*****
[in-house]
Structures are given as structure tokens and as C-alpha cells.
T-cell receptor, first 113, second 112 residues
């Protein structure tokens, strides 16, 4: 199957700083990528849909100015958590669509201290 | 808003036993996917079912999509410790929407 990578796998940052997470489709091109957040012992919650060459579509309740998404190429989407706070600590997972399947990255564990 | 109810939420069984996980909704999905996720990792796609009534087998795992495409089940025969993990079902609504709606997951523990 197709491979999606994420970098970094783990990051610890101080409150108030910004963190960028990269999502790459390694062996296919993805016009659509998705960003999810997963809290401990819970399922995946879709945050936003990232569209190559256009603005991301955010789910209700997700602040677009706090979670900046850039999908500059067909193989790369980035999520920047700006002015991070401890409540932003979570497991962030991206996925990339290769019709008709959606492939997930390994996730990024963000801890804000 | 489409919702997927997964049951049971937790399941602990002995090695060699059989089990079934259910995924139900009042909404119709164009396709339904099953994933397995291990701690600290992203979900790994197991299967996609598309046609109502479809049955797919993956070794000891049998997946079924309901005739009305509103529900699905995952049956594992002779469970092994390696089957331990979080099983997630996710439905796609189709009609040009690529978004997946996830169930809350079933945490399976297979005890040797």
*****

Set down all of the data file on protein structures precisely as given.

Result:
[in-house]
Structures are given as structure tokens and as C-alpha cells.
T-cell receptor, first 113, second 112 residues
């Protein structure tokens, strides 16, 4: 199957700083990528849909100015958590669509201290 | 808003036993996917079912999509410790929407 990578796998940052997470489709091109957040012992919650060459579509309740998404190429989407706070600590997972399947990255564990 | 109810939420069984996980909704999905996720990792796609009534087998795992495409089940025969993990079902609504709606997951523990 197709491979999606994420970098970094783990990051610890101080409150108030910004963190960028990269999502790459390694062996296919993805016009659509998705960003999810997963809290401990819970399922995946879709945050936003990232569209190559256009603005991301955010789910209700997700602040677009706090979670900046850039999908500059067909193989790369980035999520920047700006002015991070401890409540932003979570497991962030991206996925990339290769019709008709959606492939997930390994996730990024963000801890804000 | 489409919702997927997964049951049971937790399941602990002995090695060699059989089990079934259910995924139900009042909404119709164009396709339904099953994933397995291990701690600290992203979900790994197991299967996609598309046609109502479809049955797919993956070794000891049998997946079924309901005739009305509103529900699905995952049956594992002779469970092994390696089957331990979080099983997630996710439905796609189709009609040009690529978004997946996830169930809350079933945490399976297979005890040797």